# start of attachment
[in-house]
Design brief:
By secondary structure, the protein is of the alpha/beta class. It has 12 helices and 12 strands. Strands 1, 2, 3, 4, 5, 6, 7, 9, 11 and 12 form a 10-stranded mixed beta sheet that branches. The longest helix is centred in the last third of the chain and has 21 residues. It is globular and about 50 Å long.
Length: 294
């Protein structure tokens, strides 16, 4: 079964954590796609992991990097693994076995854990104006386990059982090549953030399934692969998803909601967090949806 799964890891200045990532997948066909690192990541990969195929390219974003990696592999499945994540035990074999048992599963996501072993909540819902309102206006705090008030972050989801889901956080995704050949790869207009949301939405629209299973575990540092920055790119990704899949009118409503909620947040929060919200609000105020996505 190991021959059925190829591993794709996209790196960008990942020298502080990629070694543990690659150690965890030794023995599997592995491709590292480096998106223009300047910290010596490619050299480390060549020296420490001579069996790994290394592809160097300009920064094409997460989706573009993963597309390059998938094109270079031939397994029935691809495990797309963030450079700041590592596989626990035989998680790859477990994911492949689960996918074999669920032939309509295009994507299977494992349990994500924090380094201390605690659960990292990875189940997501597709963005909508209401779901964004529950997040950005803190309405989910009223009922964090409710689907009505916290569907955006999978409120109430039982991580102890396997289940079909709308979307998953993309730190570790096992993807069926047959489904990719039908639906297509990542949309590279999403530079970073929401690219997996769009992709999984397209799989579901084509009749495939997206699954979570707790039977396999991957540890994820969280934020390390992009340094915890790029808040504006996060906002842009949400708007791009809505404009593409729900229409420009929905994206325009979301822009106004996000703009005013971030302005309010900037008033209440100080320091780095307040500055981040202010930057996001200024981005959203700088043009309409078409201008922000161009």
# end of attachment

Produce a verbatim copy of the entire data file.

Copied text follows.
[in-house]
Design brief:
By secondary structure, the protein is of the alpha/beta class. It has 12 helices and 12 strands. Strands 1, 2, 3, 4, 5, 6, 7, 9, 11 and 12 form a 10-stranded mixed beta sheet that branches. The longest helix is centred in the last third of the chain and has 21 residues. It is globular and about 50 Å long.
Length: 294
């Protein structure tokens, strides 16, 4: 079964954590796609992991990097693994076995854990104006386990059982090549953030399934692969998803909601967090949806 799964890891200045990532997948066909690192990541990969195929390219974003990696592999499945994540035990074999048992599963996501072993909540819902309102206006705090008030972050989801889901956080995704050949790869207009949301939405629209299973575990540092920055790119990704899949009118409503909620947040929060919200609000105020996505 190991021959059925190829591993794709996209790196960008990942020298502080990629070694543990690659150690965890030794023995599997592995491709590292480096998106223009300047910290010596490619050299480390060549020296420490001579069996790994290394592809160097300009920064094409997460989706573009993963597309390059998938094109270079031939397994029935691809495990797309963030450079700041590592596989626990035989998680790859477990994911492949689960996918074999669920032939309509295009994507299977494992349990994500924090380094201390605690659960990292990875189940997501597709963005909508209401779901964004529950997040950005803190309405989910009223009922964090409710689907009505916290569907955006999978409120109430039982991580102890396997289940079909709308979307998953993309730190570790096992993807069926047959489904990719039908639906297509990542949309590279999403530079970073929401690219997996769009992709999984397209799989579901084509009749495939997206699954979570707790039977396999991957540890994820969280934020390390992009340094915890790029808040504006996060906002842009949400708007791009809505404009593409729900229409420009929905994206325009979301822009106004996000703009005013971030302005309010900037008033209440100080320091780095307040500055981040202010930057996001200024981005959203700088043009309409078409201008922000161009």